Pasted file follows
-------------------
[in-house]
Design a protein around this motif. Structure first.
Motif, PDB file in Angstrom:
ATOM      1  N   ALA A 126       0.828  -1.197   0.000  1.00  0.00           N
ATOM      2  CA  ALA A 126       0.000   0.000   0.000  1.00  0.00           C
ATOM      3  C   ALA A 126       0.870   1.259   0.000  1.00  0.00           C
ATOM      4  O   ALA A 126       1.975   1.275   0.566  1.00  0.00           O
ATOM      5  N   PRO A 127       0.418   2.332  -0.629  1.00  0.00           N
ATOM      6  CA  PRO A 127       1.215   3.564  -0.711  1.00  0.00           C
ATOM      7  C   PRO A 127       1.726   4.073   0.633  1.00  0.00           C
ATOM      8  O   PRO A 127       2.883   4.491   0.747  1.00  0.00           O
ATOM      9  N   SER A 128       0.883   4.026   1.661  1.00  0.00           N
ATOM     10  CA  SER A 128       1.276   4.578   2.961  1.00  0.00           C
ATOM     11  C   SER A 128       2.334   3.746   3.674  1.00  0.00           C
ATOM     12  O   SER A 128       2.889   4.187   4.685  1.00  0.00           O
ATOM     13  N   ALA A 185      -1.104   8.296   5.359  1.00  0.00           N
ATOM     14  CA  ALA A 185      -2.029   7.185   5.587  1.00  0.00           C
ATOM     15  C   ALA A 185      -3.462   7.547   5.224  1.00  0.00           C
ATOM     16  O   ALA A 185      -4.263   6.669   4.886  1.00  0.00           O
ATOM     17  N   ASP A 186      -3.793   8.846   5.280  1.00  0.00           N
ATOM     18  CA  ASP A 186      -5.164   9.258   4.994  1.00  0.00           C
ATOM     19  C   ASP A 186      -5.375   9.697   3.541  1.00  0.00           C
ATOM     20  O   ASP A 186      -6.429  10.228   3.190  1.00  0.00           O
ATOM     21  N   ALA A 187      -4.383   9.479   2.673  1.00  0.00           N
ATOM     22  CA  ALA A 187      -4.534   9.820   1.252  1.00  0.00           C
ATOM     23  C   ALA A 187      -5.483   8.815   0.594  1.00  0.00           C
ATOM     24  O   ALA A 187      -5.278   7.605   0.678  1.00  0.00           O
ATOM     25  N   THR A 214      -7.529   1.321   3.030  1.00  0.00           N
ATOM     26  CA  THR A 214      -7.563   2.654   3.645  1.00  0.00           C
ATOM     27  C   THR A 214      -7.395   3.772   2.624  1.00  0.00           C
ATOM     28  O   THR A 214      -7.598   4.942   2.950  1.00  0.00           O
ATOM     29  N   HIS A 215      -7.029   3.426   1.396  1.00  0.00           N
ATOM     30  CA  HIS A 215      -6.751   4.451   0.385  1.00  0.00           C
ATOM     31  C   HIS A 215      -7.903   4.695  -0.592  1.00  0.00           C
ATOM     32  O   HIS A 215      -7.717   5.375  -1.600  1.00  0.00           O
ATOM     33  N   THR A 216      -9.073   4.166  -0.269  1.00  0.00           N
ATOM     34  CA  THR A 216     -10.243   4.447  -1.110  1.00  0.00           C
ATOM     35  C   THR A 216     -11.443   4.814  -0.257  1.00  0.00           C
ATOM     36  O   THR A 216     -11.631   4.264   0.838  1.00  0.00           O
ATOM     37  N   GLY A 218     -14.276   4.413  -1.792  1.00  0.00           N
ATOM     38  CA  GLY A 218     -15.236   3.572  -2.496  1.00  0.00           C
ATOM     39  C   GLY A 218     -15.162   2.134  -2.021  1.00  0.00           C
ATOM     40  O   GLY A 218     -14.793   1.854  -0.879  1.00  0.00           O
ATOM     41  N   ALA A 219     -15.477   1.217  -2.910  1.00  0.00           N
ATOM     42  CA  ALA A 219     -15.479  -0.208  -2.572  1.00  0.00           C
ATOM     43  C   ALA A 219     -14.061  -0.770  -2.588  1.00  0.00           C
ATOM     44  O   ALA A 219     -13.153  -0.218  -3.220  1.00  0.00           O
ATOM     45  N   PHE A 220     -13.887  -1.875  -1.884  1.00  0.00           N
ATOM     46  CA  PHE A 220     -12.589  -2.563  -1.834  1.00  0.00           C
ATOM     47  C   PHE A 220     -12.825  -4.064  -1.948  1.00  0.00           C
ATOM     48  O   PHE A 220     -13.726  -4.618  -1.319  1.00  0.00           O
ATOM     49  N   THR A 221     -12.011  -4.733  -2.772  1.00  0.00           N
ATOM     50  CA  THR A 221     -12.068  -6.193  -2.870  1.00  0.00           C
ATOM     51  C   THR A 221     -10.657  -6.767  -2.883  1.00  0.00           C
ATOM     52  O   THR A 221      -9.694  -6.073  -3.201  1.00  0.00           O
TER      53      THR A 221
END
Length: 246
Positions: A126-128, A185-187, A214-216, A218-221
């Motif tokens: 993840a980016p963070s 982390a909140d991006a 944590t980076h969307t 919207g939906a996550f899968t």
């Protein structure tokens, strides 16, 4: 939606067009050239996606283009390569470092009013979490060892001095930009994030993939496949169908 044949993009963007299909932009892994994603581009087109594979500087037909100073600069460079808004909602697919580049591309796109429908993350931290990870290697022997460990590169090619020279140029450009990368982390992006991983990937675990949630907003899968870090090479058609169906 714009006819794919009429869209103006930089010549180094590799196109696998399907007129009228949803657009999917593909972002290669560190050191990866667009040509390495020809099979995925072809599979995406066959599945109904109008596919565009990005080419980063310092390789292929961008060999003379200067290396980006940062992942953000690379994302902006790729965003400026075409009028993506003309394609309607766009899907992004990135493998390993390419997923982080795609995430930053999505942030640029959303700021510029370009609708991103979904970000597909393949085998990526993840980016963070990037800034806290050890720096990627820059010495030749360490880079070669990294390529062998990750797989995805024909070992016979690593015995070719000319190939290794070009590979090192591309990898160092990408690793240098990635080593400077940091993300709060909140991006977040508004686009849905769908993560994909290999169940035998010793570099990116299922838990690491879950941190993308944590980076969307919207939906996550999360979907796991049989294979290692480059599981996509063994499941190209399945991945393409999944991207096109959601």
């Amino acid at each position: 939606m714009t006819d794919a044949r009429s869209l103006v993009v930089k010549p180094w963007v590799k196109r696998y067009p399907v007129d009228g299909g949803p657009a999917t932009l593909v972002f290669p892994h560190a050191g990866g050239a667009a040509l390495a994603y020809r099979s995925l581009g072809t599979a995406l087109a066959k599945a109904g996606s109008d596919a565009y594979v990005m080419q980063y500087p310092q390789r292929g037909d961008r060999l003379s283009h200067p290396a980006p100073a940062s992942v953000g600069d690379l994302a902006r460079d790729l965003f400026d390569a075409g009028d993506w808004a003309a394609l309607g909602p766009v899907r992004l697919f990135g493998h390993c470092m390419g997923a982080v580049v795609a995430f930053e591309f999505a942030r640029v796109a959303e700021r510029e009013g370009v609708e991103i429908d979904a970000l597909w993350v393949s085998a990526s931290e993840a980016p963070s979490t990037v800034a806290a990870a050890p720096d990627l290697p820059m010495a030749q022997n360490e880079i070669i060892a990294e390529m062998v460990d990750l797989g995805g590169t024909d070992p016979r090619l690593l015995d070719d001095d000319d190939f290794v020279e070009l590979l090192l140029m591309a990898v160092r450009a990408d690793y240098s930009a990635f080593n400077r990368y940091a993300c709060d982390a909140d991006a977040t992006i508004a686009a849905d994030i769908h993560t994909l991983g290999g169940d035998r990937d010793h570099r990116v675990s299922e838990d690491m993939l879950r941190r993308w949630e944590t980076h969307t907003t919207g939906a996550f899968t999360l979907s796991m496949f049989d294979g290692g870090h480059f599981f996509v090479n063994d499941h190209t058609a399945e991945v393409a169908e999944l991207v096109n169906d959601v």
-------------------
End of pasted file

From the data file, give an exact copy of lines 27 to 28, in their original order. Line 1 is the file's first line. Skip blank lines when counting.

ATOM     24  O   ALA A 187      -5.278   7.605   0.678  1.00  0.00           O
ATOM     25  N   THR A 214      -7.529   1.321   3.030  1.00  0.00           N